Tourbillon Castle was built sometime between 1290 and 1308 by the Bishop of Sion, Boniface de Challant, as his principal residence. After Boniface died in 1308, his successor Aymon II de Châtillon probably finished the castle. In 1352 the Upper Valais revolted against Bishop Guichard Tavel. Led by Peter de la Tour, in November of that year, they marched on Sion, burned the town and unsuccessfully besieged the castle. In 1373, the Prince-Bishop bought Majorie Castle and moved his residence off the rocky spire. However, Bishop Tavel was not able to enjoy his new palace for long. In 1375 he was captured and murdered by rebels led by Peter's son, Anton de la Tour, in 1375.
Tourbillon became the Prince-Bishop's summer residence and remained a visible symbol of secular and ecclesiastical power. In 1384 a group of rebels attacked Sion and captured Tourbillon and Majoria. Bishop Eduard of Savoy had to request soldiers from Count Amadeus VII of Savoy and Bern to retake his castles.
A large part of the castle was destroyed during the Raron affair in 1417 and Bishop Wilhelm V of Raron had to flee to Bern. The castle was then rebuilt in the 1440s to 1450s by Bishop Guillaume VI of Raron. As part of the reconstruction, the chapel was repaired and painted with Gothic frescoes which are still visible. It remained the administrative center of the diocese but in later centuries the military importance of the castle decreased. On 24 May 1788, a gigantic fire in Sion reduced the castle to ashes. The Bishop planned to rebuilt Tourbillon, but the revolutions sweeping through Europe ended the plans. The castle was excavated and restored in the 20th century.
The castle ruins are located on a rocky spire above the city of Sion. Reaching the site requires climbing steep stairs that wind around the hill. The castle is surrounded by a ring wall that follows the irregular top of the spire. On the west side of the complex is a pentagonal fortified building. The 15th century chapel is located in the south-east corner. The chapel's frescoes are still intact despite the fire that destroyed the castle. A slender watch tower still stands in this corner as well. The southern wall is fortified with a square gate house. The keep is rectangular and many of the interior walls still stand.References:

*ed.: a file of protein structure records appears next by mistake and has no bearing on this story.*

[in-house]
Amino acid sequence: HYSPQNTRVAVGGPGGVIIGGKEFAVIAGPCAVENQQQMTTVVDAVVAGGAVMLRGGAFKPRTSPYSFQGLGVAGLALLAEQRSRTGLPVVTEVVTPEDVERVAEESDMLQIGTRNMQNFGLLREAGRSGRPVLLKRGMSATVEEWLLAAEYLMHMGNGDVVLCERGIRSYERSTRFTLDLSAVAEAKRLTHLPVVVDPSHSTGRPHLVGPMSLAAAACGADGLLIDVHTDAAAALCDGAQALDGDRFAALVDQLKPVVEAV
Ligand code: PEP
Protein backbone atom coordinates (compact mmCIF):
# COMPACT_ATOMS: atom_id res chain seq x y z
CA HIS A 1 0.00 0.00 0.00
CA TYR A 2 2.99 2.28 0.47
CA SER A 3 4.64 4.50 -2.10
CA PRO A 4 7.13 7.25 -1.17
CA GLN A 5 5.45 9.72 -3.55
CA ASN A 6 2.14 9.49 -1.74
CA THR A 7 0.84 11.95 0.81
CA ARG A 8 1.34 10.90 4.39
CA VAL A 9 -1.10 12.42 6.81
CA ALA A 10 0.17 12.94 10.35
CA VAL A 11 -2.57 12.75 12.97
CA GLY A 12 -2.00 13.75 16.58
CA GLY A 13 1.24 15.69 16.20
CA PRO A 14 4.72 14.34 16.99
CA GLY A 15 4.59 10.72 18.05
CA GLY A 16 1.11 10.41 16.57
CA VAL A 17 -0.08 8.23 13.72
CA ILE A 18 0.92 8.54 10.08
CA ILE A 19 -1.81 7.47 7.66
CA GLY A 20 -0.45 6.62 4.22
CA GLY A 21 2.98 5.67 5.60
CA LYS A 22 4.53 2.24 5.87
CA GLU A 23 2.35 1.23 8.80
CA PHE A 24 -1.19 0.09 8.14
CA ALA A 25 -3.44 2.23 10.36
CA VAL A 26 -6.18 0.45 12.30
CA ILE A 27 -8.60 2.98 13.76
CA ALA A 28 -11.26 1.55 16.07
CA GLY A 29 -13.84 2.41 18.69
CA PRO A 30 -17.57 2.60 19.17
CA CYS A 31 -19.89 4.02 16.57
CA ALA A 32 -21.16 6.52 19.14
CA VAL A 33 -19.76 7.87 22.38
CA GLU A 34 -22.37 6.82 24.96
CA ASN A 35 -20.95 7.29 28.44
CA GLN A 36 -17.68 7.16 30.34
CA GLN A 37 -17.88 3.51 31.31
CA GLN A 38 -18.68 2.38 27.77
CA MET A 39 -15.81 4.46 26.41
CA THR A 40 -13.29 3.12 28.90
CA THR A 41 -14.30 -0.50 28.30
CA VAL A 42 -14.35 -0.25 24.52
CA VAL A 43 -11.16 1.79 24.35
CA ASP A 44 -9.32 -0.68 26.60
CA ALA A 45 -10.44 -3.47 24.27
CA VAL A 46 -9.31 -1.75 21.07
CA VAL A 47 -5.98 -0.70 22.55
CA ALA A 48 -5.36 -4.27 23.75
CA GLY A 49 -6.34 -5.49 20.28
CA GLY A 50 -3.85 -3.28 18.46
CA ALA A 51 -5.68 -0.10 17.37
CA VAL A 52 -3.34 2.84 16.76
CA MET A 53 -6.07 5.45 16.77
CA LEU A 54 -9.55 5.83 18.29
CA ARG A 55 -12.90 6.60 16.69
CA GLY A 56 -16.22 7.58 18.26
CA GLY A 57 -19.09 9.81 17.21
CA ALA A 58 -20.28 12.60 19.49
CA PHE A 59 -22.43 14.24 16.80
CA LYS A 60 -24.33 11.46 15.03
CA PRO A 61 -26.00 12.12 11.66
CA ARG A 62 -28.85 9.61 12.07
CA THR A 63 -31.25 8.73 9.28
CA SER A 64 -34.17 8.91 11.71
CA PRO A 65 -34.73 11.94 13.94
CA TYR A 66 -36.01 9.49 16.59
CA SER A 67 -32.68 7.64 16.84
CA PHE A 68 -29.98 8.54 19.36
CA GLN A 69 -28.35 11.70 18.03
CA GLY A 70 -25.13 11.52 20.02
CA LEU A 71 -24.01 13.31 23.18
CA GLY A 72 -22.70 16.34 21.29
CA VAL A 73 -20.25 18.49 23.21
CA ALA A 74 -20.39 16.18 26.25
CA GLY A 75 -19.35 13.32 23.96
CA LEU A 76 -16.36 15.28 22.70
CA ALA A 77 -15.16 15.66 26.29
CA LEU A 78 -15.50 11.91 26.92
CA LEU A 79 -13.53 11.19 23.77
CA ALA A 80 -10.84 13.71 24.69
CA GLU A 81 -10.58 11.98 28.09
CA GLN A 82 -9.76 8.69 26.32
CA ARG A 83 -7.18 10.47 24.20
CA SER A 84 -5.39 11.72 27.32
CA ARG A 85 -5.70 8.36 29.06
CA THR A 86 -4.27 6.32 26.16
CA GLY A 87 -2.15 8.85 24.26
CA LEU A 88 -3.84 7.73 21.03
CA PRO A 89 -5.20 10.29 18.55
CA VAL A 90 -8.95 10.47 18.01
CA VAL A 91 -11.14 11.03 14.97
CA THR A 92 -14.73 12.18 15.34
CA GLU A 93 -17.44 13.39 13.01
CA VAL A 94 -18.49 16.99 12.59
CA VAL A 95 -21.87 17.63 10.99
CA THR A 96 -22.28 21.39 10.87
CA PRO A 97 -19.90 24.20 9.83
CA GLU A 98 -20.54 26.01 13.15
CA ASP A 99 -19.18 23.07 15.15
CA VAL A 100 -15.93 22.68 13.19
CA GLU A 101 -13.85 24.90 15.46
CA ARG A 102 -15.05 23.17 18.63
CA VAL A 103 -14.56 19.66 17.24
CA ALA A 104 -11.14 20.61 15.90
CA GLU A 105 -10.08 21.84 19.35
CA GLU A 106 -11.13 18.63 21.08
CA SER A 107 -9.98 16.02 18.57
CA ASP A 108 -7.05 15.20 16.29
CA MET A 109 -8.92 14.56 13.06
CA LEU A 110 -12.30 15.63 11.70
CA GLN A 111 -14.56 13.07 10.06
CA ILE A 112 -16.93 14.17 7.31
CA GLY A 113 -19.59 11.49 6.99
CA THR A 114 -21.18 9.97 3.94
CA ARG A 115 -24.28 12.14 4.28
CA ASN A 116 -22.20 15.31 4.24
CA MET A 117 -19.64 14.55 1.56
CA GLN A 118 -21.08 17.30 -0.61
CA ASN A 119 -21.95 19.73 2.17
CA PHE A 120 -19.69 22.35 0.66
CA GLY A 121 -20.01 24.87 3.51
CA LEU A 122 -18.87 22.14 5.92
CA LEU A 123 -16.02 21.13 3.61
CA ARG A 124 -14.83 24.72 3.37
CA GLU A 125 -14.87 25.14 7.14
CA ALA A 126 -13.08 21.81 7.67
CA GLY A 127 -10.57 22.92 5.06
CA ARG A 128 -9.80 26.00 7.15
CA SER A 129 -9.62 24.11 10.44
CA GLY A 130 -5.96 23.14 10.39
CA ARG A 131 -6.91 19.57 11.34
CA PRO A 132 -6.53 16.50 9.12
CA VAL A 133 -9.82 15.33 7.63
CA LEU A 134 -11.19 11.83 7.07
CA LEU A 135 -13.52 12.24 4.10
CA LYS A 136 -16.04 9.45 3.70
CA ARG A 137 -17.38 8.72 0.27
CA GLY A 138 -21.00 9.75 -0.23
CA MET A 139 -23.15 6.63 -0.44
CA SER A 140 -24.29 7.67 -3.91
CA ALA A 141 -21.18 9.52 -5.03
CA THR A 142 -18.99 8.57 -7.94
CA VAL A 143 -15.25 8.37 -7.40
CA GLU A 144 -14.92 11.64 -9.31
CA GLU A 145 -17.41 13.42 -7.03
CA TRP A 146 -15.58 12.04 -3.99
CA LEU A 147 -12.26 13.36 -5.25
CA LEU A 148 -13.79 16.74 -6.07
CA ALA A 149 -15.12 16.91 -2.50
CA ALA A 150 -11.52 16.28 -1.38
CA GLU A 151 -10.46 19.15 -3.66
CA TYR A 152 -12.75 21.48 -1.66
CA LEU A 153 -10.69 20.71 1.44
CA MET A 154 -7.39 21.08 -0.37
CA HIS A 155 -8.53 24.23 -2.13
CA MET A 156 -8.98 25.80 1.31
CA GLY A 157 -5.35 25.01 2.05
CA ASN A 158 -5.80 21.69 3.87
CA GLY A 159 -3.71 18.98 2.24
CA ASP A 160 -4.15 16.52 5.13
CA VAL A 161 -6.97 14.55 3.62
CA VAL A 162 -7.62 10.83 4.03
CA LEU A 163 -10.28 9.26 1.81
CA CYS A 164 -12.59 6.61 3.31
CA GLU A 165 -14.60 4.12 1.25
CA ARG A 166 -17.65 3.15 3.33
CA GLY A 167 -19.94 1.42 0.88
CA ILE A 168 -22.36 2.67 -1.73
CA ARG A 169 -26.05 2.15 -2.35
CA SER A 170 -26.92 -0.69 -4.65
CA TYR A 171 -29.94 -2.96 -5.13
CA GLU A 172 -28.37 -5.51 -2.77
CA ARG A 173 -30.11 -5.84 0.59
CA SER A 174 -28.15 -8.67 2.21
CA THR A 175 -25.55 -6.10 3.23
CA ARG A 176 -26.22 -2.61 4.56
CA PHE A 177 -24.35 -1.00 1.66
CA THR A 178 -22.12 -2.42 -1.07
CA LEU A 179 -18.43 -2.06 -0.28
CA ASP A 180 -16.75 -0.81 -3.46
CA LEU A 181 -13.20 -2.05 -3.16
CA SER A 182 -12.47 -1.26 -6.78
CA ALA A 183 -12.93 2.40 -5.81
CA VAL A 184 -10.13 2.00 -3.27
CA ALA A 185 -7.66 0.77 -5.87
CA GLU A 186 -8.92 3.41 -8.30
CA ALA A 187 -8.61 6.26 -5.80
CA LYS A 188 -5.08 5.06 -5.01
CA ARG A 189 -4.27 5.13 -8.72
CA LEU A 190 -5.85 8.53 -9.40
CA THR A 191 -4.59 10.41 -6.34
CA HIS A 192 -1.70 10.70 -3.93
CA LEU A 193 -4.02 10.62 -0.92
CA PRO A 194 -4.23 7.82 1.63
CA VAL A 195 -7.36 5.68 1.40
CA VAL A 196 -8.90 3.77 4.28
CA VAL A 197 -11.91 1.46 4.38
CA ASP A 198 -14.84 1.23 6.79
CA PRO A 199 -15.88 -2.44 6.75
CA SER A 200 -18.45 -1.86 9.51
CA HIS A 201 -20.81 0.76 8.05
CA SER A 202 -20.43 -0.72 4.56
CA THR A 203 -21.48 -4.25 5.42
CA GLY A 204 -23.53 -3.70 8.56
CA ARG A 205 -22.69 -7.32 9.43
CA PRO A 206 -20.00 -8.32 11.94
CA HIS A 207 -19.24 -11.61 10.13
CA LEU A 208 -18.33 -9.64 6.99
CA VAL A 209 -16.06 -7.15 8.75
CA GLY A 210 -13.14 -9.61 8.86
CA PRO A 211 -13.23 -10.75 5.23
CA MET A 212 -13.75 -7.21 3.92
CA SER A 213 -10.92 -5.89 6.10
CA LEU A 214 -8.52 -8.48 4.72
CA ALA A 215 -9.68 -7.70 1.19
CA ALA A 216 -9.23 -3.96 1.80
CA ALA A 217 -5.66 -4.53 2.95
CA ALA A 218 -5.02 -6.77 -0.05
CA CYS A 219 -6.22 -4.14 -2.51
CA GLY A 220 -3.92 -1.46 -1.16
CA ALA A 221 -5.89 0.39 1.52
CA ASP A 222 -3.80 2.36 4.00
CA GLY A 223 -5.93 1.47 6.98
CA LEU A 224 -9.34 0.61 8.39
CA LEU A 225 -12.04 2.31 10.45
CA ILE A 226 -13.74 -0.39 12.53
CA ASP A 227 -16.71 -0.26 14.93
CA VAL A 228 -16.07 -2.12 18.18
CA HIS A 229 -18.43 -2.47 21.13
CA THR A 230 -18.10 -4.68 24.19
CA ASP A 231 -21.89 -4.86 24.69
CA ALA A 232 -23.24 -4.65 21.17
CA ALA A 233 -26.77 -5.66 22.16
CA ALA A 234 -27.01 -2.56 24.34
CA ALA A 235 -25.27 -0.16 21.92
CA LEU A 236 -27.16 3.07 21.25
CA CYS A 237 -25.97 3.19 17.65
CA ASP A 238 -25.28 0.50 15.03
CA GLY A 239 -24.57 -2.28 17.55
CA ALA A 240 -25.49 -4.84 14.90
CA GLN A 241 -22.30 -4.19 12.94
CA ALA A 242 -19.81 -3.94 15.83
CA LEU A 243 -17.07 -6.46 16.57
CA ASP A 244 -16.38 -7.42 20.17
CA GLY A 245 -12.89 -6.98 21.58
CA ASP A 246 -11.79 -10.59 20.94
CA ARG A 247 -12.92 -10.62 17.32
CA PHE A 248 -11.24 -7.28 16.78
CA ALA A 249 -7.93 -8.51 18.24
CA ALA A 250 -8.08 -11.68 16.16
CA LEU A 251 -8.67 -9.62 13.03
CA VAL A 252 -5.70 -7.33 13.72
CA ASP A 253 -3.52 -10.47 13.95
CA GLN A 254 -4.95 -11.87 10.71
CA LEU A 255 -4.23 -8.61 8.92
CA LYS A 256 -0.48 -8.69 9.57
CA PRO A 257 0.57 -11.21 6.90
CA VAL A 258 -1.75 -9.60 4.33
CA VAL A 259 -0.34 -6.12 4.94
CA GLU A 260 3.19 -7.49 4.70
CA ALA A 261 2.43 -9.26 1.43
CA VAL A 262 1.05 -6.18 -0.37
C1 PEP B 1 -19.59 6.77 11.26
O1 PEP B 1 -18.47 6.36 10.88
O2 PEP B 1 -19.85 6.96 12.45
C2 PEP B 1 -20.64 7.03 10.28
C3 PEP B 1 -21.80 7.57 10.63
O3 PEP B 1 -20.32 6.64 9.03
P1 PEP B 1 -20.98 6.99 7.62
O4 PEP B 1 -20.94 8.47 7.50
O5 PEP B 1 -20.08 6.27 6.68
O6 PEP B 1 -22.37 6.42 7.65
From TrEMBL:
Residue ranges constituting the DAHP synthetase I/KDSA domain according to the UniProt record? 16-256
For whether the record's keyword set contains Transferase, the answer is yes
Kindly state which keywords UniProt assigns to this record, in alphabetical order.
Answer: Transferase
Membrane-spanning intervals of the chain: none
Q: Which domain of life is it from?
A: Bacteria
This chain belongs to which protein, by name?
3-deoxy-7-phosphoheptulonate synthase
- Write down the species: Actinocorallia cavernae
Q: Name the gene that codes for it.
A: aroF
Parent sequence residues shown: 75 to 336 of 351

Monte d"Accoddi is a Neolithic archaeological site in northern Sardinia, located in the territory of Sassari. The site consists of a massive raised stone platform thought to have been an altar. It was constructed by the Ozieri culture or earlier, with the oldest parts dated to around 4,000–3,650 BC.
The site was discovered in 1954 in a field owned by the Segni family. No chambers or entrances to the mound have been found, leading to the presumption it was an altar, a temple or a step pyramid. It may have also served an observational function, as its square plan is coordinated with the cardinal points of the compass.
The initial Ozieri structure was abandoned or destroyed around 3000 BC, with traces of fire found in the archeological evidence. Around 2800 BC the remains of the original structure were completely covered with a layered mixture of earth and stone, and large blocks of limestone were then applied to establish a second platform, truncated by a step pyramid (36 m × 29 m, about 10 m in height), accessible by means of a second ramp, 42 m long, built over the older one. This second temple resembles contemporary Mesopotamian ziggurats, and is attributed to the Abealzu-Filigosa culture.
Archeological excavations from the chalcolithic Abealzu-Filigosa layers indicate the Monte d"Accoddi was used for animal sacrifice, with the remains of sheep, cattle, and swine recovered in near equal proportions. It is among the earliest known sacrificial sites in Western Europe.
The site appears to have been abandoned again around 1800 BC, at the onset of the Nuragic age.
The monument was partially reconstructed during the 1980s. It is open to the public and accessible by the old route of SS131 highway, near the hamlet of Ottava. It is 14,9 km from Sassari and 45 km from Alghero. There is no public transportation to the site. The opening times vary throughout the year.